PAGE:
Airs Thursday, April 24 at 8 p.m. The eight-stringed instrument that looks like a small lute and was played throughout Europe for several centuries is now known everywhere as the mandolin. This unique sounding instrument first entered popular American culture in the mid 19th century, when it was primarily used as a novelty instrument. By the year 1900 however, mandolin ensembles were touring the vaudeville circuit and mandolin orchestras were forming in schools and colleges. The ensuing 40 years saw the proliferation of mandolins across the south and a handful of American virtuosos performed, recorded, composed, and arranged for the mandolin in a variety of musical idioms. In this episode, we listen to David Grisman, Don Stiernberg, Sam Bush, Tony Williamson, and performing in a one-of-a-kind mandolin summit at the Savannah Music Festival.
Airs Thursday, April 17 at 8 p.m. In the musical movement known as roots revivalism, there are musicians indebted to and enamored of their form and its forebears, who occasionally succumb to simple imitation. Other times, there are artists fearful of being mere imitators, who sometimes produce forced and gimmicky musical hybrids. And then there are musicians that are respectful of American musical tradition, but not restricted by it., who combine centuries' worth of musical influences with an emotionally tough, undeniably modern songwriting sensibility. Such is the case with the all-female bluegrass group Della Mae, whose 2013 performance at the Savannah Music Festival is featured in this episode.
Airs Thursday, April 10 at 8 p.m. The general definition of a prodigy is "a child with a skill set or an ability that is incredibly accomplished, far beyond their years." Often times, such individuals are found in more quantitative fields, such as chess, music and math. One such prodigy is Julian Lage, who was born in 1987 and acclaimed as a major musical talent by the age of 8, when he became the subject of the 1997 Academy Award nominated documentary "Jules at Eight." Since then, Julian has gone on to become a wonderfully original performer who adores teaching almost as much as he does playing. In the spring of 2013, Julian Lage made his third appearance at the Savannah Music Festival, playing on a double bill with guitarist Martin Taylor. In this episode, we hear highlights from Julian's solo performance, along with two duets with Martin Taylor.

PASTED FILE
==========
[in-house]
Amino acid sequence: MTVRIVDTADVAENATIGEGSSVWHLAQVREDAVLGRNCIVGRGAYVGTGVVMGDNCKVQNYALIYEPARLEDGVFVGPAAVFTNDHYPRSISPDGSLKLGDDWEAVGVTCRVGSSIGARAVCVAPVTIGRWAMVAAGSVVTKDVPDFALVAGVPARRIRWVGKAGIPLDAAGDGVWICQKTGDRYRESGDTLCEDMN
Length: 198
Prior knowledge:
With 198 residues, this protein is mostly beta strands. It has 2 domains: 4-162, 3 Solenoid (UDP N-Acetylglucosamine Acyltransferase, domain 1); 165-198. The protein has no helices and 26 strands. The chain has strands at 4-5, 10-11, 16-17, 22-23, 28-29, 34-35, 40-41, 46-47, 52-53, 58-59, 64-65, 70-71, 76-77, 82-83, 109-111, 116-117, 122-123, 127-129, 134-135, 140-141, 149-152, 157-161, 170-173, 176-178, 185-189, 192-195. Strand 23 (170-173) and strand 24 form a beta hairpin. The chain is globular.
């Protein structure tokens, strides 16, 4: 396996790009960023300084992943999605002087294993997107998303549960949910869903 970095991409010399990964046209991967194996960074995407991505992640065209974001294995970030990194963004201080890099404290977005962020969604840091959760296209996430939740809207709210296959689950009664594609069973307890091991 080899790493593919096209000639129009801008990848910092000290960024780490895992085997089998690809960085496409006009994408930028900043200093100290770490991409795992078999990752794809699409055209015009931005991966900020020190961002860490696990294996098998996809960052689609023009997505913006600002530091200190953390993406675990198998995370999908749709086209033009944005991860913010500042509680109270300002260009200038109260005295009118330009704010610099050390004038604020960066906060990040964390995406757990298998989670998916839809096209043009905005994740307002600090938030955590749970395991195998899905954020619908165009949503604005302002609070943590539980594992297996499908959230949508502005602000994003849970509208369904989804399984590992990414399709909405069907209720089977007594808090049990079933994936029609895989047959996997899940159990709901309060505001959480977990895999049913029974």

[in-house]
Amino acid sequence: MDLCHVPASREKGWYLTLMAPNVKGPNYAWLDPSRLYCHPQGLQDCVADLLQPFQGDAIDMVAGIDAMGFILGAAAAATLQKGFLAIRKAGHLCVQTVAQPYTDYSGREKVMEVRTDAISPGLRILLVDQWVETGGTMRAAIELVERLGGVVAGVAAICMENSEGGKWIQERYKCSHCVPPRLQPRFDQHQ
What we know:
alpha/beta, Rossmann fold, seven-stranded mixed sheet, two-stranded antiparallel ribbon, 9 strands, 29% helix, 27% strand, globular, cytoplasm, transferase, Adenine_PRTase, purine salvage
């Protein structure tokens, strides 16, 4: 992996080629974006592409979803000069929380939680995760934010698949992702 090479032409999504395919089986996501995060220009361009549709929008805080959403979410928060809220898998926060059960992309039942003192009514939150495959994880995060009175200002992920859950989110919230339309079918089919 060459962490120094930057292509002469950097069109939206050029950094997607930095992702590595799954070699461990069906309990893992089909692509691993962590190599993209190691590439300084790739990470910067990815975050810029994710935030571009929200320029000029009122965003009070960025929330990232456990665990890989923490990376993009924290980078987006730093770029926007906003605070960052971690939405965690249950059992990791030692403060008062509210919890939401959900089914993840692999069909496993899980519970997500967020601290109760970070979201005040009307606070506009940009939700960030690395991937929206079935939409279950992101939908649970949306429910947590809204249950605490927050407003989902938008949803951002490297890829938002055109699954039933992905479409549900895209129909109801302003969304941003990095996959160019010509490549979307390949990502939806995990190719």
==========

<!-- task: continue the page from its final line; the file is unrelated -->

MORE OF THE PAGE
Airs Thursday, April 3 at 8 p.m. When you study jazz under Sir Roland Hanna and Jimmy Heath, earn your Master of Arts degree Summa Cum Laude from the Aaron Copland School of Music at Queens College, and receive the Louis Armstrong Award for Composition from the ASCAP Foundation all while in your young twenties, the serious of your intent is not in question. In the spring of 2013, we brought 38 year old jazz pianist Jeb Patton, best known for his work with the Heath Brothers and being a "go-to" pianist on the NYC jazz scene, for a concert with the great saxophonist Charles McPherson and his quartet. While in town, Jeb also gave a lunchtime recital to an enthusiastic crowd, displaying his immense love for, and command of, the history of jazz piano. Tune in to hear highlights from the recital.
Airs Thursday, March 15 at 8:00 p.m. Listen to one of the greatest living exponents of boogie woogie piano, octogenarian Bob Seeley playing at the Charles H. Morris Center during the 2009 Savannah Music Festival. The sound of a train rolling down the tracks has long served as the metaphor for American musical styles rooted in the blues. One such style was created especially on the piano and it's known as boogie woogie. Tune in to this episode to hear one of the genre's greatest living exponents, the 80-year old Bob Seeley. Having studied under Meade Lux Lewis, one of the kings of boogie woogie piano, Seeley's playing style is virtuosic, creative and showcases a very powerful left hand.